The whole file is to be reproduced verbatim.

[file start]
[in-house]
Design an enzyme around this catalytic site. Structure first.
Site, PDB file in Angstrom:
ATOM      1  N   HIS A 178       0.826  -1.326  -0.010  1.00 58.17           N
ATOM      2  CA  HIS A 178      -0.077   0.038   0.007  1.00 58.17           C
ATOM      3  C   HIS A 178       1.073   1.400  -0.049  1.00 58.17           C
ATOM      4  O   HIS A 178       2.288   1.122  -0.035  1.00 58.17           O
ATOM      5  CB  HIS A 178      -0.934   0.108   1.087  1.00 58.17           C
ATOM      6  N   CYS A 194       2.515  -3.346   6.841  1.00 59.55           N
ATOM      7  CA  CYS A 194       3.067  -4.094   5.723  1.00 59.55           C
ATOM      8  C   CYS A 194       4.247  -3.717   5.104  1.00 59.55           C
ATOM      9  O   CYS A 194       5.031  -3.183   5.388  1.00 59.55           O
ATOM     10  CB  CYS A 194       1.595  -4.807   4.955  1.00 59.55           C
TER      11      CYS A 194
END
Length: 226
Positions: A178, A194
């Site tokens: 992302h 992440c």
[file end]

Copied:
[in-house]
Design an enzyme around this catalytic site. Structure first.
Site, PDB file in Angstrom:
ATOM      1  N   HIS A 178       0.826  -1.326  -0.010  1.00 58.17           N
ATOM      2  CA  HIS A 178      -0.077   0.038   0.007  1.00 58.17           C
ATOM      3  C   HIS A 178       1.073   1.400  -0.049  1.00 58.17           C
ATOM      4  O   HIS A 178       2.288   1.122  -0.035  1.00 58.17           O
ATOM      5  CB  HIS A 178      -0.934   0.108   1.087  1.00 58.17           C
ATOM      6  N   CYS A 194       2.515  -3.346   6.841  1.00 59.55           N
ATOM      7  CA  CYS A 194       3.067  -4.094   5.723  1.00 59.55           C
ATOM      8  C   CYS A 194       4.247  -3.717   5.104  1.00 59.55           C
ATOM      9  O   CYS A 194       5.031  -3.183   5.388  1.00 59.55           O
ATOM     10  CB  CYS A 194       1.595  -4.807   4.955  1.00 59.55           C
TER      11      CYS A 194
END
Length: 226
Positions: A178, A194
């Site tokens: 992302h 992440c």